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Monday, June 17, 2024

Royal Towers replacement: Over 900 homes and 40 storeys proposed for New Westminster

A major new development is proposed for the Royal Towers site in New Westminster, across from City Hall, with building heights up to 40 storeys and over 900 units.

Domus Homes is in the pre-application stages of the new development, designed by IBI Architects.

It will include two towers (40 storeys and 36 storeys), connected by a six-storey podium fronting on Royal Avenue. To the north end of the site will be two mid-rise buildings of seven and six storeys.

The site is currently occupied by the aging Royal Towers building, which contains 135 units and a private liquor store.

The unit breakdown is proposed as follows:

  • 791 market condominiums (studio, one, two and three bedroom)
  • 108 secured market rental apartments (studio, one, two and three bedroom)
  • 40 secured non-market rental apartments to be operated by YWCA Metro Vancouver (two and three bedroom)

Domus Homes is proposing the build the development in phases, with the 36-storey constructed first.

Renderings: Royal Towers redevelopment in New Westminster

Tower rendering Royal Avenue
Rendering of tower viewed from Royal Avenue.
Royal Towers redevelopment
Rendering showing towers and midrise buildings to north, with pedestrian mews.
Project location
Site location at Royal Avenue and Sixth Street in New Westminster.
Site plan
Site plan for Royal Towers site.
Wraparound balconies
Architectural drawing of two towers, showing wraparound balconies.

Non-market residential would be located in the podium connecting the two towers, and the secured market rental will be located in the mid-rise on the northeast corner of the site. A non-profit childcare facility of approximately 6,000 sq ft. is also proposed.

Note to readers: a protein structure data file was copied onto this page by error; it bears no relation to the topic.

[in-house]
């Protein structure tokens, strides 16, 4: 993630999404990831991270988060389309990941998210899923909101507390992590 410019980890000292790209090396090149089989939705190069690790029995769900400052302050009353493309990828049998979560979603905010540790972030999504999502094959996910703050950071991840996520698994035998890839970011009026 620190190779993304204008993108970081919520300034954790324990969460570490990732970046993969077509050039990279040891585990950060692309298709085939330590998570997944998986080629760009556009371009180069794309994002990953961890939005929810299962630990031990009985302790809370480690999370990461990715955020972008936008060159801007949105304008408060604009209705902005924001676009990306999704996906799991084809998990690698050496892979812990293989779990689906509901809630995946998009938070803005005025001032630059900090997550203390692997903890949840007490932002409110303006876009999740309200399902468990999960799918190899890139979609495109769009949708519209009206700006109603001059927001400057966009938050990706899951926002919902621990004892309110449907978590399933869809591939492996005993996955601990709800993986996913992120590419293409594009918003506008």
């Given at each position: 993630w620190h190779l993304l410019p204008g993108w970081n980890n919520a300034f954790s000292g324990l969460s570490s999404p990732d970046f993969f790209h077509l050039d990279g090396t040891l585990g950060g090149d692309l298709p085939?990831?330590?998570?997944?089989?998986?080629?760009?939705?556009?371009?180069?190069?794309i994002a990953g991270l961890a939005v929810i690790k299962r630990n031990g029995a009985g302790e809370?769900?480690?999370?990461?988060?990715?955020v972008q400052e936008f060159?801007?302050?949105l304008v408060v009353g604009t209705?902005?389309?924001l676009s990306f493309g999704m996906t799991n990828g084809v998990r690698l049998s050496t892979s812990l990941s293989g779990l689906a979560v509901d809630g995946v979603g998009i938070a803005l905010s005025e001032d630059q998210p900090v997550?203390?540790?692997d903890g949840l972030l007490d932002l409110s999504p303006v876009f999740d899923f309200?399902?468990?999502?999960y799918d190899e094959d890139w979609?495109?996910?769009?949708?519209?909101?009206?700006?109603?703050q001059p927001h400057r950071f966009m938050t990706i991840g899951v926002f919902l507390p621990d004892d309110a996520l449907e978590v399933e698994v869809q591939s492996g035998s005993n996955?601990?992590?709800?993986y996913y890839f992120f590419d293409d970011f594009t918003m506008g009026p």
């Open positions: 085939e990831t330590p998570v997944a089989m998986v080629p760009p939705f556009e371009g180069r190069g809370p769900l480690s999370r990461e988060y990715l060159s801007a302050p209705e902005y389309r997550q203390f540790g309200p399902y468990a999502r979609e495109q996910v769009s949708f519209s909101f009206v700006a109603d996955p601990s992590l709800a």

The building will feature dark grey gridded metal cladding on the east, north, and partial west façades, wrapping around a white, horizontally expressed mass on the towers. Units will feature wrap-around balconies, designed to provide solar shading in the summer, while allowing sunlight penetration in the winter and fall.

A total of 1,230 parking spaces are proposed, as well as 1,053 long term bicycle parking stalls. The amount of proposed parking spaces is actually under the 1,355 spaces required by existing zoning bylaws in New Westminster, but the developer is touting the development’s location within walking distance of two SkyTrain stations.

Commercial space is proposed at the corner of Royal Avenue and Sixth Street, as well as mid-block on Sixth Street. A brew pub is proposed for the corner retail unit, as well as a liquor store.

A pedestrian mews will run through the north edge of the site, connecting Sixth Street to Seventh.

Tower heights could be revised downward

The height of the proposal could face some pushback from New Westminster city council.

“A long-standing urban design principle in the downtown is that generally the higher up the slope a building is located, the shorter it should be, in support of maintaining the visual prominence of Downtown and the riverfront,” reads a report to city council.

The report recommends staff work with the applicant to possibly relocate some of the proposed massing around the site, “with the objective of reducing overall tower heights and not exceeding maximum tower floor plates.”

Landscape architects on the project are Enns | Gauthier Landscape Architects.

New Westminster development boom

Domus Homes is also behind the nearby Ovation development at 813 Carnarvon Street.

New Westminster is a hotbed of tower development activity at the moment, with projects from Reliance, Bosa and others currently in the pre-construction and construction stages.

Ovation New Westminster
Ovation development by Domus Homes in New Westminster. Credit: Domus Homes

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Peter Meiszner
Peter Meiszner
Peter Meiszner is an experienced journalist and media relations professional, based in Vancouver. As founder of urbanYVR.com, he has been reporting on urban development across the Lower Mainland since 2016, and has also served as vice-chair of the Gastown Historic Area Planning Committee. In October 2022, he was elected to Vancouver city council and is no longer actively reporting for urbanYVR.

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